Myrna Simpson

SY322 - Science Research Building, Scarborough, ON M1C 1A3


Fields of Study

Areas of Interest

My research in environmental and analytical chemistry involves the development and application of molecular-level analytical tools to improve the fundamental understanding of soil environmental processes. My group uses advanced mass spectrometry (MS) and nuclear magnetic resonance (NMR) methods to characterize, monitor and predict the fate of soil organic matter components in various environments. Soil organic matter is responsible for all life on this planet but its chemistry is poorly understood. Furthermore, soil organic matter plays an important role in the regulation of atmospheric CO2 and other greenhouse gases. Therefore, we are studying soil organic matter turnover in extreme environments (such as the Arctic and Antarctic) as well as under enhanced warming (ie: climate change). By understanding the fundamental chemistry of soil organic matter, we will be able to better predict its role in the biogeochemical cycling of carbon and nitrogen in a changing world.

We are also studying the sorption of problematic organic contaminants to soils. Sorption often hinders the bioavailability and remediation of contaminants in the environment. Soil organic matter is a major sink for environmental contaminants and the mechanisms of contaminant sorption to organic matter are poorly understood. We study these processes by combining conventional methods (equilibrium sorption and isotherm modeling) with NMR characterization of organic matter. By applying NMR, we have identified mobile organic matter domains that have a large capacity to sequester contaminants. Furthermore, using a special NMR technique (High resolution magic angle spinning NMR), we are able to examine organic matter at the solid-liquid interface. These experiments have also revealed that aliphatic structures, such as those from plant cuticles, predominate at the surface. Aromatic structures, which are visible in 1-D NMR experiments, appear to be buried and not at the surface of soil colloids.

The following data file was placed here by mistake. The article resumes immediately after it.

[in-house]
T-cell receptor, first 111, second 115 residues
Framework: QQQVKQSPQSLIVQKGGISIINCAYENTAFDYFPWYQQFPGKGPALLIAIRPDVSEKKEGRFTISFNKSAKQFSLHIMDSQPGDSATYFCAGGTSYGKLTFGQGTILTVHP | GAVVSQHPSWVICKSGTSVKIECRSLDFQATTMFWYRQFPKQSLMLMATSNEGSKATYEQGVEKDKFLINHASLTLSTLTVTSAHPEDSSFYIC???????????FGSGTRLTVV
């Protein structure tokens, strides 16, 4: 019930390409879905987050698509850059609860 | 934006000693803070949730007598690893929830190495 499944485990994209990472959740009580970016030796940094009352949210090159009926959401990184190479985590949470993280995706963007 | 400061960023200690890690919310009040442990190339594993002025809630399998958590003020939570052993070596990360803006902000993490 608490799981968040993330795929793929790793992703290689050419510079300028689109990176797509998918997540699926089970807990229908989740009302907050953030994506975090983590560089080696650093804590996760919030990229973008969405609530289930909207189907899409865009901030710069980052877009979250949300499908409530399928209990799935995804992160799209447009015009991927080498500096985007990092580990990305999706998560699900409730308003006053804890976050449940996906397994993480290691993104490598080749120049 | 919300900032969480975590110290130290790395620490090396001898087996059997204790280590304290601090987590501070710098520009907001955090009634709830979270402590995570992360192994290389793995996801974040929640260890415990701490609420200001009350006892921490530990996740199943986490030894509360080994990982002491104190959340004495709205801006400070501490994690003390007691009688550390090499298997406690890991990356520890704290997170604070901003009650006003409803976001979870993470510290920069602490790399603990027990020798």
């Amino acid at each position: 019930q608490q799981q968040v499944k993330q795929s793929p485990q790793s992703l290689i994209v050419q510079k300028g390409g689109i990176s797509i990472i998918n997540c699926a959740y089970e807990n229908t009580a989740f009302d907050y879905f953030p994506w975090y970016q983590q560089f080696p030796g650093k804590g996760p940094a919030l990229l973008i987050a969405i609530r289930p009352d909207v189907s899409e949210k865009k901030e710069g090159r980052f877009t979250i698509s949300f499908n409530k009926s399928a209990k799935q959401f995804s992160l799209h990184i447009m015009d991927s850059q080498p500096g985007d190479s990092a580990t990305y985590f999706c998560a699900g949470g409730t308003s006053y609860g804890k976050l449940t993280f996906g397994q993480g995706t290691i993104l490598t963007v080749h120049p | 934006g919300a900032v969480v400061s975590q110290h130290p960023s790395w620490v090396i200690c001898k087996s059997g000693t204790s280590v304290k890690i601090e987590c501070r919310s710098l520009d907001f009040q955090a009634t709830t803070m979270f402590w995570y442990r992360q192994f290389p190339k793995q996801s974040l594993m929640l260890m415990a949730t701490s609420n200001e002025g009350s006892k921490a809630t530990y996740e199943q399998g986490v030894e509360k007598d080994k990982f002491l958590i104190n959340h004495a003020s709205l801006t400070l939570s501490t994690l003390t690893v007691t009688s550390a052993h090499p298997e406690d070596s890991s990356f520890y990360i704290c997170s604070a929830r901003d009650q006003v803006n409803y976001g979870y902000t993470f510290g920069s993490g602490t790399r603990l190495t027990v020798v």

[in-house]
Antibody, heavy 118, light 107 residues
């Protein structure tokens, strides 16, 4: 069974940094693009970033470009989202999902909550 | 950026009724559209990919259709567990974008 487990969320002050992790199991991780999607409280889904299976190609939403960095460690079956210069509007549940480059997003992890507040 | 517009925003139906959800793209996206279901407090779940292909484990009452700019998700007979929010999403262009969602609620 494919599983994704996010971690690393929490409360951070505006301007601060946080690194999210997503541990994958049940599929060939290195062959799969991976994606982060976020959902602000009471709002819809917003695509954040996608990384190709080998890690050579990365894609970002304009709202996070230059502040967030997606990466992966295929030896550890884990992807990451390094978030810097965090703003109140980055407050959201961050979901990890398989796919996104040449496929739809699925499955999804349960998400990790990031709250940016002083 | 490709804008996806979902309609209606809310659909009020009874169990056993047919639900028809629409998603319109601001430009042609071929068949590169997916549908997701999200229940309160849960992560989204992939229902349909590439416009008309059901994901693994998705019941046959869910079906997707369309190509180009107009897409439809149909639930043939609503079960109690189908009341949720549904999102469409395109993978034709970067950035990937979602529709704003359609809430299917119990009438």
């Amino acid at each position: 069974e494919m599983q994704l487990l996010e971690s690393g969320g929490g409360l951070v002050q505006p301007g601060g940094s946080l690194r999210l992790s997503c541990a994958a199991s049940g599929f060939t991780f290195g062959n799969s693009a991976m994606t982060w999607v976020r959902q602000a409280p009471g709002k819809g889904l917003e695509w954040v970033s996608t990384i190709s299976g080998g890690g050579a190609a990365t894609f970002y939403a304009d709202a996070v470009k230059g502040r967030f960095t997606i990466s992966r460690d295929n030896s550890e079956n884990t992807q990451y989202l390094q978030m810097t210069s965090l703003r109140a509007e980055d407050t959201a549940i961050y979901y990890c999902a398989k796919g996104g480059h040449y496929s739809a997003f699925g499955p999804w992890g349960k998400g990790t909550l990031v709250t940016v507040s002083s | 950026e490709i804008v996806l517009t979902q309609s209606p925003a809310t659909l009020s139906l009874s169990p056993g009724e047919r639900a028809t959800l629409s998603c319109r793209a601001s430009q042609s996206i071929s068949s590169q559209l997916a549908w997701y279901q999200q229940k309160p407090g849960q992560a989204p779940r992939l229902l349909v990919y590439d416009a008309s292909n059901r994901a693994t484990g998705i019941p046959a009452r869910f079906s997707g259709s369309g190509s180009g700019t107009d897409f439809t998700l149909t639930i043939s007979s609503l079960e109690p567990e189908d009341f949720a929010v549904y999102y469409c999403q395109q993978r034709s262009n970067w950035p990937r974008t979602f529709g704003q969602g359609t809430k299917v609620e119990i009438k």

My group is also developing NMR-based metabolomics for studying the sub-lethal toxicity of problematic environmental pollutants in soil. Metabolomics is a rapidly growing field which allows the monitoring of an organisms’ response to an external stressor. Metabolomics is rapid, quantitative and reproducible making it a promising method for improved site assessment. We are currently using metabolomics to identify earthworm responses to environmental pollutants using 1H NMR. Earthworms are a model organism used in ecotoxicity. Our results to date suggest that NMR-based metabolomics is more sensitive to current methods used to assess toxicity of contaminants in the environment.